11
PHYSICAL EXERCISE EFFECTS ON CARDIOVASCULAR SYSTEM
  • Decrease of adrenergic stimulation of the
    myocardium contractility
  • Increase of vascular rigidity and peripheral
    vascular resistance
  • Increase of systolic pressure
  • Moderate hypertrophy of left ventricle
  • Prolongement of myocardial contraction.

12
EFFECTS OF AEROBIC EXERCISE
  • Modification of energetic needs, increasing the
    total daily energy consumption
  • Decrease of body weight, especially of visceral
    adipose deposits
  • Amelioration of muscular force
  • Increase of oxidative capacity of muscles and
    glycogen deposits, increase of mitochondrial
    enzymes level and capillary density
  • Increase of bone density
  • Normalizing glicemy and insulin level
  • Increase of enzymes that intervene in glucose
    phosphorilation, oxidation and depositing
  • Increase of HDL cholesterol and decrease of LDL
    cholesterol and of triglycerides concentration
    in plasma
  • Decrease of tendency to obesity, of
    cardiovascular risk and of the evolution towards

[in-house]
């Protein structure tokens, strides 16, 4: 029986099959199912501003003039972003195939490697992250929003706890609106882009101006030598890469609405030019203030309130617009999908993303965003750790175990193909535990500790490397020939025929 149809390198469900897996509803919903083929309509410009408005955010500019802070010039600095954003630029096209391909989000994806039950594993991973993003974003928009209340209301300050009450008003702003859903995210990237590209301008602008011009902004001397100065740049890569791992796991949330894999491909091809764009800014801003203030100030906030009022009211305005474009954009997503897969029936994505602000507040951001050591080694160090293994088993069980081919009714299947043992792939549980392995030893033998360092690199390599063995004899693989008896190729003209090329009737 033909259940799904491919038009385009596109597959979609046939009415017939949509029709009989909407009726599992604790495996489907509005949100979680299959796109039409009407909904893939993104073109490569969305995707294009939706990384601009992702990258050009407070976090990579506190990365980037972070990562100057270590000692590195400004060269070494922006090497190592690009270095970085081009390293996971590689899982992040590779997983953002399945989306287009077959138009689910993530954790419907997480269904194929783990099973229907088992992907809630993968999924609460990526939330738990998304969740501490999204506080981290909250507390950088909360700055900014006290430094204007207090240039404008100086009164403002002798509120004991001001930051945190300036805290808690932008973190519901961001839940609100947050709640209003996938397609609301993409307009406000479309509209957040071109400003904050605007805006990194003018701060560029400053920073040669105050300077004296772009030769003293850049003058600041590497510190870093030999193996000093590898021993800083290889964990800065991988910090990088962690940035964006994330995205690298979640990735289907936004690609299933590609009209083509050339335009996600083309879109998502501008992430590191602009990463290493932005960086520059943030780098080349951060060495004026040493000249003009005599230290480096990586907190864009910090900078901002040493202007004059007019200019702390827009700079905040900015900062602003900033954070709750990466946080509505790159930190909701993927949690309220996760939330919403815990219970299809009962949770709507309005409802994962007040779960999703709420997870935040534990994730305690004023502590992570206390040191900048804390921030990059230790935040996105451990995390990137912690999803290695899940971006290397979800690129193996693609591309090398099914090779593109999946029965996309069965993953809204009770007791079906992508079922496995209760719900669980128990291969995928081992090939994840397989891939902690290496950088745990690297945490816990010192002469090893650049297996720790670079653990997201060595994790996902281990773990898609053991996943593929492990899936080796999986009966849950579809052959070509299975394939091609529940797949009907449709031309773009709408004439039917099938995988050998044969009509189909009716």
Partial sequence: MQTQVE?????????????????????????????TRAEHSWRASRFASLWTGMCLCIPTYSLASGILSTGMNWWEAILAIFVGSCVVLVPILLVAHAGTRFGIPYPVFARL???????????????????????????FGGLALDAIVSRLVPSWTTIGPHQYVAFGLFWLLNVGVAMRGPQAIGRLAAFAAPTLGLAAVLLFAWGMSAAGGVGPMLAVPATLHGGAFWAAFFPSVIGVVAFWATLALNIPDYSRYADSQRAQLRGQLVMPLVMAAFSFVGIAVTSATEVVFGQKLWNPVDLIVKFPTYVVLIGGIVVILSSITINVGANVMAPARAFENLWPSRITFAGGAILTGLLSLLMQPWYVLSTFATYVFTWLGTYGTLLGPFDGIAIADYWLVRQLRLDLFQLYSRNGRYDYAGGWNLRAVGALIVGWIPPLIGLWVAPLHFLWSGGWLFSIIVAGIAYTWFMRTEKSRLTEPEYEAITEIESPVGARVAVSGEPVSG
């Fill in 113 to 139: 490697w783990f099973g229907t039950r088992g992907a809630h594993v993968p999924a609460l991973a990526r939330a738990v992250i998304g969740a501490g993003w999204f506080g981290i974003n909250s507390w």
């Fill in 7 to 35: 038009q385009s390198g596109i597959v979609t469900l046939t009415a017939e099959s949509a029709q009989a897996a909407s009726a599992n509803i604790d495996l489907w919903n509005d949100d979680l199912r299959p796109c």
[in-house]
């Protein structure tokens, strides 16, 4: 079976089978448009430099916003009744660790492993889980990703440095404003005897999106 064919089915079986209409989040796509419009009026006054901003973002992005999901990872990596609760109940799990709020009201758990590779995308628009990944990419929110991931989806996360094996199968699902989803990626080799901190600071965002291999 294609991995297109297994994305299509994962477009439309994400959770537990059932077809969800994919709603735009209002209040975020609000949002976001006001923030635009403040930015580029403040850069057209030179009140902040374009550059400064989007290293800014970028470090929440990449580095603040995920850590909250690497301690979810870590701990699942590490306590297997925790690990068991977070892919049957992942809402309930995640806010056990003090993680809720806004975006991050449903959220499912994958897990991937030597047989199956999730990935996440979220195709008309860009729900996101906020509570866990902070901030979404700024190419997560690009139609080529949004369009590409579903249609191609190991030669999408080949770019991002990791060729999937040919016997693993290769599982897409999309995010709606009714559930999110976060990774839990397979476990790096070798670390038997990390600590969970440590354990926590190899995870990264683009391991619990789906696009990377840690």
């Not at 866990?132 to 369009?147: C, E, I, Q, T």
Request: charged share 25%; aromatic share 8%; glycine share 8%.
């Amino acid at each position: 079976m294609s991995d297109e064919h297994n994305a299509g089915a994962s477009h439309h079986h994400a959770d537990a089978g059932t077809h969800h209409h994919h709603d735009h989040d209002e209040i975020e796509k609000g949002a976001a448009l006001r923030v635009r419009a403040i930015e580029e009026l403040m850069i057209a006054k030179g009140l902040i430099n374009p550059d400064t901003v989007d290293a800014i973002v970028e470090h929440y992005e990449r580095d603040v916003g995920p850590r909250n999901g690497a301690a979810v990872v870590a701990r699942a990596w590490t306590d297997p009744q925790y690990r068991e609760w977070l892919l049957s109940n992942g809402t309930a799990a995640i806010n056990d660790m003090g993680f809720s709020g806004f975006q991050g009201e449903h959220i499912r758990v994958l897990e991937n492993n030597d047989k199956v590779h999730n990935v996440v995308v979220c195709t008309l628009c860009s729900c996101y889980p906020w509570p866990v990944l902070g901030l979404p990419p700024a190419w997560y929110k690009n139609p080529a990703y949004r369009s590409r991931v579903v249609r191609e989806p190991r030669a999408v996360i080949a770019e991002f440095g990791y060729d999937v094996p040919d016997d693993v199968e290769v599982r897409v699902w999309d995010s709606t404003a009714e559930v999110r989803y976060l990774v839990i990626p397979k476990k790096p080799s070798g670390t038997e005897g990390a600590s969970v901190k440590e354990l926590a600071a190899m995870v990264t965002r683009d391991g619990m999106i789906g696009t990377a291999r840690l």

sugar diabetes

13
OBJECTIVES OF PHYSICAL THERAPY IN OSTEOPOROSIS IN
3-RD AGE
  • Learn the correct body posture and movements to
    prevent osteoporosis effects.
  • Increase muscular force through resistive and
    weights exercises programs, very attentively
    conceived, to become routine.
  • Learn the correct way of weight lifting to
    protect the spine.
  • Improve balance to prevent falls.
  • Prevent fractures by decreasing falling risk due
    to bad coordination, weak sight, muscular
    hypotonia, confusion and medicine consumption
    which have as a side effect arterial hypotension
    or alteration of sensorial feeling.
  • Educate patients regarding fall and fracture
    risk, through establishing personalized programs
    for increasing stability, including exercises to
    increase muscular force.